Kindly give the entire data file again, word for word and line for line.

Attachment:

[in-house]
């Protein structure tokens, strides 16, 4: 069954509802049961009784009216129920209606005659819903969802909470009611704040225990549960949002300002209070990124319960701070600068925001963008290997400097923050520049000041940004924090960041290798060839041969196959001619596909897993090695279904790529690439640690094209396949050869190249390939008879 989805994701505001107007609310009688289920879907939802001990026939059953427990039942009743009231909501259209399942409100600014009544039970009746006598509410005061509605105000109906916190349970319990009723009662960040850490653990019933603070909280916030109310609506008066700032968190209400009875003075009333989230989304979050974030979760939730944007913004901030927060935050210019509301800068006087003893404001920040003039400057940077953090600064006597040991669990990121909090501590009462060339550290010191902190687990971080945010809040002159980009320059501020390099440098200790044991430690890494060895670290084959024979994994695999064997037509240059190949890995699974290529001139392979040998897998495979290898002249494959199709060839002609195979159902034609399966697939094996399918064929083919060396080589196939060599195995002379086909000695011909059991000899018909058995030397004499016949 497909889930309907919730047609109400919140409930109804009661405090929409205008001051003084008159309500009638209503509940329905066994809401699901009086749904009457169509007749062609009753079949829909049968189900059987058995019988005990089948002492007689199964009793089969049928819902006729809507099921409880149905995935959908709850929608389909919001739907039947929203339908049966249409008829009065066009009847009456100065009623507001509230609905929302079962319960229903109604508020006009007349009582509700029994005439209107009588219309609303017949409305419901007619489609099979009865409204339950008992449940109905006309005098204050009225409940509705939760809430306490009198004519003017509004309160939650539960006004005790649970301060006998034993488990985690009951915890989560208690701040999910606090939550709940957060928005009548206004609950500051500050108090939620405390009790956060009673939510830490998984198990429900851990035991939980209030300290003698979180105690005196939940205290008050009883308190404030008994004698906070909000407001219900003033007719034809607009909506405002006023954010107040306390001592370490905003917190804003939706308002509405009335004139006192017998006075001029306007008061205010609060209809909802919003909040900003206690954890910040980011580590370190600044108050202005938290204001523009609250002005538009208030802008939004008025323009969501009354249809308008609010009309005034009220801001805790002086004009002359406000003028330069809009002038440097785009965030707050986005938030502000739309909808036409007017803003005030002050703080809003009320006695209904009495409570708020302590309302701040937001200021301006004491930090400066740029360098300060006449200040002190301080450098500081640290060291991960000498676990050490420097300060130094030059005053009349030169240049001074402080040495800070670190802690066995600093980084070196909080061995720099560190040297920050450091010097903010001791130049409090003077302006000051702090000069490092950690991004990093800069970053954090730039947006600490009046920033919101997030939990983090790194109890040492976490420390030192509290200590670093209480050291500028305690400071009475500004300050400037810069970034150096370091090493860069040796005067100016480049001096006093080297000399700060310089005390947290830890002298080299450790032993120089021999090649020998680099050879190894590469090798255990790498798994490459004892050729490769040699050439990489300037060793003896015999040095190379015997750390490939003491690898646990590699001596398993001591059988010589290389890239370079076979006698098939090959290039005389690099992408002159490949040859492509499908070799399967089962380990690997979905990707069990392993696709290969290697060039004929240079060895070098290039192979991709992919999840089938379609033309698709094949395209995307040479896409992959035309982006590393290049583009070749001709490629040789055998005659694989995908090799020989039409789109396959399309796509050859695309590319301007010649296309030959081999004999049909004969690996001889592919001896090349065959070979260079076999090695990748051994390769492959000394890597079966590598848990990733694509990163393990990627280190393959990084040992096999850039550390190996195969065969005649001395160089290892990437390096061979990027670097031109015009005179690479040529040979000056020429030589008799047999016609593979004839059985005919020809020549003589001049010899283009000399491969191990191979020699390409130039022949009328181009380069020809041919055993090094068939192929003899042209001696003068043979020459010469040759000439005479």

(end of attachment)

[in-house]
């Protein structure tokens, strides 16, 4: 069954509802049961009784009216129920209606005659819903969802909470009611704040225990549960949002300002209070990124319960701070600068925001963008290997400097923050520049000041940004924090960041290798060839041969196959001619596909897993090695279904790529690439640690094209396949050869190249390939008879 989805994701505001107007609310009688289920879907939802001990026939059953427990039942009743009231909501259209399942409100600014009544039970009746006598509410005061509605105000109906916190349970319990009723009662960040850490653990019933603070909280916030109310609506008066700032968190209400009875003075009333989230989304979050974030979760939730944007913004901030927060935050210019509301800068006087003893404001920040003039400057940077953090600064006597040991669990990121909090501590009462060339550290010191902190687990971080945010809040002159980009320059501020390099440098200790044991430690890494060895670290084959024979994994695999064997037509240059190949890995699974290529001139392979040998897998495979290898002249494959199709060839002609195979159902034609399966697939094996399918064929083919060396080589196939060599195995002379086909000695011909059991000899018909058995030397004499016949 497909889930309907919730047609109400919140409930109804009661405090929409205008001051003084008159309500009638209503509940329905066994809401699901009086749904009457169509007749062609009753079949829909049968189900059987058995019988005990089948002492007689199964009793089969049928819902006729809507099921409880149905995935959908709850929608389909919001739907039947929203339908049966249409008829009065066009009847009456100065009623507001509230609905929302079962319960229903109604508020006009007349009582509700029994005439209107009588219309609303017949409305419901007619489609099979009865409204339950008992449940109905006309005098204050009225409940509705939760809430306490009198004519003017509004309160939650539960006004005790649970301060006998034993488990985690009951915890989560208690701040999910606090939550709940957060928005009548206004609950500051500050108090939620405390009790956060009673939510830490998984198990429900851990035991939980209030300290003698979180105690005196939940205290008050009883308190404030008994004698906070909000407001219900003033007719034809607009909506405002006023954010107040306390001592370490905003917190804003939706308002509405009335004139006192017998006075001029306007008061205010609060209809909802919003909040900003206690954890910040980011580590370190600044108050202005938290204001523009609250002005538009208030802008939004008025323009969501009354249809308008609010009309005034009220801001805790002086004009002359406000003028330069809009002038440097785009965030707050986005938030502000739309909808036409007017803003005030002050703080809003009320006695209904009495409570708020302590309302701040937001200021301006004491930090400066740029360098300060006449200040002190301080450098500081640290060291991960000498676990050490420097300060130094030059005053009349030169240049001074402080040495800070670190802690066995600093980084070196909080061995720099560190040297920050450091010097903010001791130049409090003077302006000051702090000069490092950690991004990093800069970053954090730039947006600490009046920033919101997030939990983090790194109890040492976490420390030192509290200590670093209480050291500028305690400071009475500004300050400037810069970034150096370091090493860069040796005067100016480049001096006093080297000399700060310089005390947290830890002298080299450790032993120089021999090649020998680099050879190894590469090798255990790498798994490459004892050729490769040699050439990489300037060793003896015999040095190379015997750390490939003491690898646990590699001596398993001591059988010589290389890239370079076979006698098939090959290039005389690099992408002159490949040859492509499908070799399967089962380990690997979905990707069990392993696709290969290697060039004929240079060895070098290039192979991709992919999840089938379609033309698709094949395209995307040479896409992959035309982006590393290049583009070749001709490629040789055998005659694989995908090799020989039409789109396959399309796509050859695309590319301007010649296309030959081999004999049909004969690996001889592919001896090349065959070979260079076999090695990748051994390769492959000394890597079966590598848990990733694509990163393990990627280190393959990084040992096999850039550390190996195969065969005649001395160089290892990437390096061979990027670097031109015009005179690479040529040979000056020429030589008799047999016609593979004839059985005919020809020549003589001049010899283009000399491969191990191979020699390409130039022949009328181009380069020809041919055993090094068939192929003899042209001696003068043979020459010469040759000439005479």